One of the greatest advances in car design of recent years has been the fact that manufacturers have contrived to get a steadily increasing performance from their models, and at the same time have avoided any tendency to produce a harsh and intractable engine.
There is now a growing demand for a type of vehicle which a few years ago was non-existent except in the very expensive big engined type of car.
There are two quite easy ways of getting increased performance—one is to fit bigger power units and so produce a machine expensive to run and not very efficient in operation, and the other is to "hot up" an existing size of engine. The method of this is to bump up the compression, increase valve lifts, etc., and so destroy the smooth running and flexibility so desirable for anything except actual racing. This gives economy of running as regards fuel and tax, but gives increased wear and tear on the more highly stressed working parts.
The most desirable state of affairs, and one which requires real skill and care in design and manufacture, is to get a lively performance from a small engine without sacrificing sweetness of running or silence, and in the 16-60 h.p. H.E. which was recently placed at our disposal by the London distributors of 138 Long Acre, this end has been very successfully achieved.
The engine is a six cylinder unit of 2,290 c.c. and in view of the size and comfort of the body the performance with such a comparatively small engine is really excellent. The smoothness of the engine is such that speed is very deceptive, and a cruising speed of 60 m.p.h. seems to call for no effort, and as this speed may be comfortably exceeded on third gear (5.96 to 1) the performance on hills is very pleasing, and a maximum speed of 75 m.p.h. can be attained without having to choose favourable circumstances and it would therefore not be difficult to get 80 m.p.h. on ocasion.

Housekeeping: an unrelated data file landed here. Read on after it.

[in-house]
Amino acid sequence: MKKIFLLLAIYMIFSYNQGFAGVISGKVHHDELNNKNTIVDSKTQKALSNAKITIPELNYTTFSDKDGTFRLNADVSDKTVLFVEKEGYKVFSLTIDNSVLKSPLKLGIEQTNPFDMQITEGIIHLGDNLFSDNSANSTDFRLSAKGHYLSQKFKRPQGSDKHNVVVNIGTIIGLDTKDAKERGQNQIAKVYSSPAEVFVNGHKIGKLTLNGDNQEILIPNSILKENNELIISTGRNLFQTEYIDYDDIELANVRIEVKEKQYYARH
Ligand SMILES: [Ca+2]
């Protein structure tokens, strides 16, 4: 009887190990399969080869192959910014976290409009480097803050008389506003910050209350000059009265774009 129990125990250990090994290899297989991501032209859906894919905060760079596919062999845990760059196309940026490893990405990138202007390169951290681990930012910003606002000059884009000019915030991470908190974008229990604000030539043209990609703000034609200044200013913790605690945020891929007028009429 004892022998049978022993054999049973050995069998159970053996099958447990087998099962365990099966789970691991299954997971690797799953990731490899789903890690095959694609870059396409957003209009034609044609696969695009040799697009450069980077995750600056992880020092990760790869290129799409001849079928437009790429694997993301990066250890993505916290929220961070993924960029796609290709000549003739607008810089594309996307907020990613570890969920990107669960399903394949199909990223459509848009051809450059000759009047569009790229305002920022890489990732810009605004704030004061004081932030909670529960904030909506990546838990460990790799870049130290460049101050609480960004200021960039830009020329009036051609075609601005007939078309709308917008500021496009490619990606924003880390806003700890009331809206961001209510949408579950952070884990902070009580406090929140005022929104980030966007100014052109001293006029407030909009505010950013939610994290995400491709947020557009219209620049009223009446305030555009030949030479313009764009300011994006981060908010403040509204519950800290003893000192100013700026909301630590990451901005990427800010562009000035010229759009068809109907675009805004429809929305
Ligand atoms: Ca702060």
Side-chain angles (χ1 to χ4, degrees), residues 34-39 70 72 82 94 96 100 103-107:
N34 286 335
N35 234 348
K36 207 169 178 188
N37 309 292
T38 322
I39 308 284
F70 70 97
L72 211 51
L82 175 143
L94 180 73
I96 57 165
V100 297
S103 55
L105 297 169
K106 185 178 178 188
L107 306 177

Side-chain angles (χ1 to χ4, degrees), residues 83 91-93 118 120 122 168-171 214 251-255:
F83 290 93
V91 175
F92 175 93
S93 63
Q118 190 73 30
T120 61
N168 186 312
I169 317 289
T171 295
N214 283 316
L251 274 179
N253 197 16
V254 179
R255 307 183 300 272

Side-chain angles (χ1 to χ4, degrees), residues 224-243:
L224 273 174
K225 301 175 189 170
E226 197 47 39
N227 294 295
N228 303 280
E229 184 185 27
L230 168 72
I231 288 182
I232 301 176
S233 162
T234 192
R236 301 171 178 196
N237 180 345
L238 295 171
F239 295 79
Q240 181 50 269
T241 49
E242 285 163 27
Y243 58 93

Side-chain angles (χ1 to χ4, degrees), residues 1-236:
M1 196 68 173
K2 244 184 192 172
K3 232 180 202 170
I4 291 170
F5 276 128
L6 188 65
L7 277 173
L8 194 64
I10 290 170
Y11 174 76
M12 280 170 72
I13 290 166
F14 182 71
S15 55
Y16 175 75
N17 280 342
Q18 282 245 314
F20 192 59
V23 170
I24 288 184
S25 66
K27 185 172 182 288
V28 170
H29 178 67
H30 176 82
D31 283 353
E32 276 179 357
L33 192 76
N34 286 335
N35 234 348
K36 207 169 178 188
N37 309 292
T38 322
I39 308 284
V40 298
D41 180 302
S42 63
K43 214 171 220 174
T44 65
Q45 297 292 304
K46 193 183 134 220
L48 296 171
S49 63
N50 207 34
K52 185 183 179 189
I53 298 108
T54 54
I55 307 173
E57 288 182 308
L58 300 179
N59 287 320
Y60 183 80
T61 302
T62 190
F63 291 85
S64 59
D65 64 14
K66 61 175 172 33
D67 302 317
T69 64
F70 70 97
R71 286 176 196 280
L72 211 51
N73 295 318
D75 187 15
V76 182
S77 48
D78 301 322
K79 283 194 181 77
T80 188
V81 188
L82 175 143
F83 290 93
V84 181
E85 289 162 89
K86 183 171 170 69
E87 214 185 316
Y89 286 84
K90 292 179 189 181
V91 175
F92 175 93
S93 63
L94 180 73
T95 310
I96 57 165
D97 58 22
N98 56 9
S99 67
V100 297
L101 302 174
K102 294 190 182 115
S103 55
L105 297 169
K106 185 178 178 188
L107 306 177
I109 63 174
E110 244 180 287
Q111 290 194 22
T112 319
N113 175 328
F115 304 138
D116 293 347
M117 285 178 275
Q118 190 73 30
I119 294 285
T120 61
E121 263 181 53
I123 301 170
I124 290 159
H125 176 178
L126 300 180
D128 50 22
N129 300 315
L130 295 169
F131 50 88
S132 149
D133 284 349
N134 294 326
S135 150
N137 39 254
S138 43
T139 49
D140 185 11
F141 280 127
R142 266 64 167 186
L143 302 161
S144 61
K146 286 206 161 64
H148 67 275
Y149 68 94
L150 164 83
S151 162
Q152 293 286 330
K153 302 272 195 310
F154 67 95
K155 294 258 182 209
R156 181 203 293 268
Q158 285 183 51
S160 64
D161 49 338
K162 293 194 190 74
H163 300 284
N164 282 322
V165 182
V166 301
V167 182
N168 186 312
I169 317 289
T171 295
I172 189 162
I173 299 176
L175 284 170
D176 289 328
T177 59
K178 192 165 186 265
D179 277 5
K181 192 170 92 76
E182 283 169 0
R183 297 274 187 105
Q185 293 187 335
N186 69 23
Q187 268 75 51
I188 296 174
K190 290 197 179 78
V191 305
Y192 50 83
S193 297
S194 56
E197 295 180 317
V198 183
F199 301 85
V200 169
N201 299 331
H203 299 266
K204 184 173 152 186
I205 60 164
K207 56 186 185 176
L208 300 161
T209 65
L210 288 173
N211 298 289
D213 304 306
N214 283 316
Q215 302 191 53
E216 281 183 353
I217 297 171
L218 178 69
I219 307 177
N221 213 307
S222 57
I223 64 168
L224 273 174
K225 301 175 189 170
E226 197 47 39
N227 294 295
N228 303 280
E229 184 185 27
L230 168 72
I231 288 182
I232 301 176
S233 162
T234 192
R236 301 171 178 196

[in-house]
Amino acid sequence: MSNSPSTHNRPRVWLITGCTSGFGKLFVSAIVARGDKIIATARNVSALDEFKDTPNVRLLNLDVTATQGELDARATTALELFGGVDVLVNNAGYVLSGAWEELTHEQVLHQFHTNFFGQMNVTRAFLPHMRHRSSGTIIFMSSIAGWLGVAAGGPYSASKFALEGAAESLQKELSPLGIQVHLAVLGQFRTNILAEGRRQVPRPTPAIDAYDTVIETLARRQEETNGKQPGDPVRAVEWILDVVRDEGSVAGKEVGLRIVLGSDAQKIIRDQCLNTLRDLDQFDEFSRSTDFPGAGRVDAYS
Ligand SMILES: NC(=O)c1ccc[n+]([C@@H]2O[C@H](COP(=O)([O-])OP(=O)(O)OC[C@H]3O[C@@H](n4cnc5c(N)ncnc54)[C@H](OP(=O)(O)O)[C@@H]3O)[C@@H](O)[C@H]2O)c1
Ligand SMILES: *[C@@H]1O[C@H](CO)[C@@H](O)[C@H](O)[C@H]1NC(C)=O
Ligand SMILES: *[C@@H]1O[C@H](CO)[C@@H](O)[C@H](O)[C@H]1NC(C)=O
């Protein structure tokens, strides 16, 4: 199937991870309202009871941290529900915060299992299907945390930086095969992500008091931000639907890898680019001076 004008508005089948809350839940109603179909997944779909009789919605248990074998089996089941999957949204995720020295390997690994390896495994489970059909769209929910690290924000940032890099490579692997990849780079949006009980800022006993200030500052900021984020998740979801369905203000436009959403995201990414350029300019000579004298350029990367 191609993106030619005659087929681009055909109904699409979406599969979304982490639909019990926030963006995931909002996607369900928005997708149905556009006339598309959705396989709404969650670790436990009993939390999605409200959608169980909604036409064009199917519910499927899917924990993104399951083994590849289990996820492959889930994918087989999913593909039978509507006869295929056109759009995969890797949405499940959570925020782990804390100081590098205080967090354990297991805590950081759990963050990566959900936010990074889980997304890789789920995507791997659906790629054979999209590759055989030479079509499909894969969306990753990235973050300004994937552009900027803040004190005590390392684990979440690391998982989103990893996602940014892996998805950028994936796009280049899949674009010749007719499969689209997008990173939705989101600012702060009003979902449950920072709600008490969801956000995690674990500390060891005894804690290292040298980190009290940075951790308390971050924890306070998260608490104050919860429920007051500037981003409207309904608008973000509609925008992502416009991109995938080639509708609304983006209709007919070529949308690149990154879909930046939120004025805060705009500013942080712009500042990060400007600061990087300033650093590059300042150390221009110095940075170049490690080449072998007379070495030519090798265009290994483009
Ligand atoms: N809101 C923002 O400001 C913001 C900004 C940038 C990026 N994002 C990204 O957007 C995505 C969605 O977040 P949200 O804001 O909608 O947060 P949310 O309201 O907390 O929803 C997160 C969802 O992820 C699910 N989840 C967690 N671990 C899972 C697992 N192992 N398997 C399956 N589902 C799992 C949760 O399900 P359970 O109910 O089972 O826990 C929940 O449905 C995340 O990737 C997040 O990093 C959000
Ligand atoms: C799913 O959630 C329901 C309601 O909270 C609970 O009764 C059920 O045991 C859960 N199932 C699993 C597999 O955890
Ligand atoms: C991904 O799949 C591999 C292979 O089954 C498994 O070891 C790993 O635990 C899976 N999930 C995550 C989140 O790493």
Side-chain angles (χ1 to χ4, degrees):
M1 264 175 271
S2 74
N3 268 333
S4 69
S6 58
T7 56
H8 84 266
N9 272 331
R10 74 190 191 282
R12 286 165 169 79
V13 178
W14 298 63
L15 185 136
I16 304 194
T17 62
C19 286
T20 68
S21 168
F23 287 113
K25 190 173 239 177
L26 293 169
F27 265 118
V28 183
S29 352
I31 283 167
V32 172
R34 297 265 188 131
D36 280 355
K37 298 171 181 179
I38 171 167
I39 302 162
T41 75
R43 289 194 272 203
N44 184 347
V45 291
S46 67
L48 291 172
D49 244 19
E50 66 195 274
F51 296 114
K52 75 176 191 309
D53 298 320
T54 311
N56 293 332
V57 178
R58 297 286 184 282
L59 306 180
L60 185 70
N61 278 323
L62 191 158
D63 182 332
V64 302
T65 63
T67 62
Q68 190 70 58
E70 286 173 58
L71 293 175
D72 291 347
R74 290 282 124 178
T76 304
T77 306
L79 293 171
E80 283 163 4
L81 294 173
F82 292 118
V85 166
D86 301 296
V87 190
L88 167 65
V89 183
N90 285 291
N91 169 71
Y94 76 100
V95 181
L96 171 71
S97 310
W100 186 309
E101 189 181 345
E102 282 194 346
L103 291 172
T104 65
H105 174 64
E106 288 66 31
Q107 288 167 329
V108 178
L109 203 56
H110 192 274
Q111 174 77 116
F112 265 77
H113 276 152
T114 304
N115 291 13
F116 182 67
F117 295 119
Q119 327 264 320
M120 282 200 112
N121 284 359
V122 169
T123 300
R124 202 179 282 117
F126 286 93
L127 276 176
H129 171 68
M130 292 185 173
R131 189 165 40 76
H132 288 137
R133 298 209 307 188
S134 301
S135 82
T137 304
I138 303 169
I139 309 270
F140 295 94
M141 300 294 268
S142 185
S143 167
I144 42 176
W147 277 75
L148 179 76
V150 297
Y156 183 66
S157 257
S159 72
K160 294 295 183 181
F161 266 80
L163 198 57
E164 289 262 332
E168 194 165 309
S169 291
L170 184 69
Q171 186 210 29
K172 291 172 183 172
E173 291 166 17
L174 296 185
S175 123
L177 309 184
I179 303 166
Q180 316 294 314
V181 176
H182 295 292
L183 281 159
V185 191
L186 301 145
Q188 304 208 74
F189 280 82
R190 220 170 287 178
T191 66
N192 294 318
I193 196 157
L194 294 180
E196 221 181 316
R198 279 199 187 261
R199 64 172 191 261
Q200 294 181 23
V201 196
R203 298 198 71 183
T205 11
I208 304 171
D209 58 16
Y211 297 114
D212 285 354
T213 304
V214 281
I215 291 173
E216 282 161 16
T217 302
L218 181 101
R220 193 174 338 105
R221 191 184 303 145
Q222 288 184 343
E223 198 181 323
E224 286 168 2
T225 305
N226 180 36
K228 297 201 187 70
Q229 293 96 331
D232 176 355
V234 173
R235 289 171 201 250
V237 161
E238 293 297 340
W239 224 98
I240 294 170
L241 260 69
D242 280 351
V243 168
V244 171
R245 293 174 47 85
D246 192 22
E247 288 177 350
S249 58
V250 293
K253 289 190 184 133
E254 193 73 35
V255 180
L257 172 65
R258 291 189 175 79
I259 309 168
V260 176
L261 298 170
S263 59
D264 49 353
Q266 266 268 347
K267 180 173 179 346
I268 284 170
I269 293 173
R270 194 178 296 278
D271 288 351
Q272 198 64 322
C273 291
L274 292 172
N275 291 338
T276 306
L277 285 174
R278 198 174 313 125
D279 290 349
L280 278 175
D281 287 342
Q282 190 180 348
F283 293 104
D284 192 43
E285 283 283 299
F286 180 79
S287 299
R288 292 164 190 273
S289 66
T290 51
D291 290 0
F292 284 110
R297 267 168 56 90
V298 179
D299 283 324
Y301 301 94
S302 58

Although the engine is very pleasant to drive, the greatest charm of the H.E. is in the clutch and gearbox, the manipulation of the gear change being as good as any we have known. The clutch is so astonishingly light, that at first it is really quite hard to notice any resistance when withdrawing it. We know of many cars in which the pressure required to depress the accelerator pedal is considerably greater than that required to operate the H.E. clutch and on a long run the benefit of this feature has to be experienced to be fully appreciated.
The change is correspondingly light, and upward changes require only a short pause, the lever seeming to fall into place almost of its own accord at the right moment, and there is certainly no excuse for any owner of one of these models making a noisy change either up or down.
The gear ratios are 16.9, 8.75, 5.96 and 4.7 to 1.
The Marles steering is light and with ample centering action, and the road holding at speed and on corners leaves nothing to be desired, the slight feeling of "tail-heaviness" apparent in some 4-seater cars being entirely eliminated. In fact a general lightness of control is the main feature of the H.E., the only point in which this had not been carried out on the actual car we tried was the braking system, this being direct operating and rather heavy. As however all models are being fitted with a vacuum servo system, this control will come up to the very high standard set by the others. The brakes themselves work well giving full retardation without unevenness or affecting the steering, and it was only the heavy pressure required which prevented better braking figures being attained. Even so a stopping distance of 80ft. from 40 m.p.h. is well up to the average and the actual model available to the public in future should have very safe braking indeed.
The H.E. certainly gives one the impression of being a "long distance car." The position is such as to ensure comfort combined with good control and the whole finish of the body work is first class.
Pneumatic upholstery is fitted throughout and the comfort of the rear passengers has not been sacrificed in producing good lines, as sufficient room has been left on the chassis to provide length without overhanging the rear axle, but the weight distribution is arranged to avoid it seeming long chassis when driving. An 18 gallon petrol tank is another very useful fitting when the car is used for long trips. The price with open 4-seater body is £695.
Motor Sport, February 1930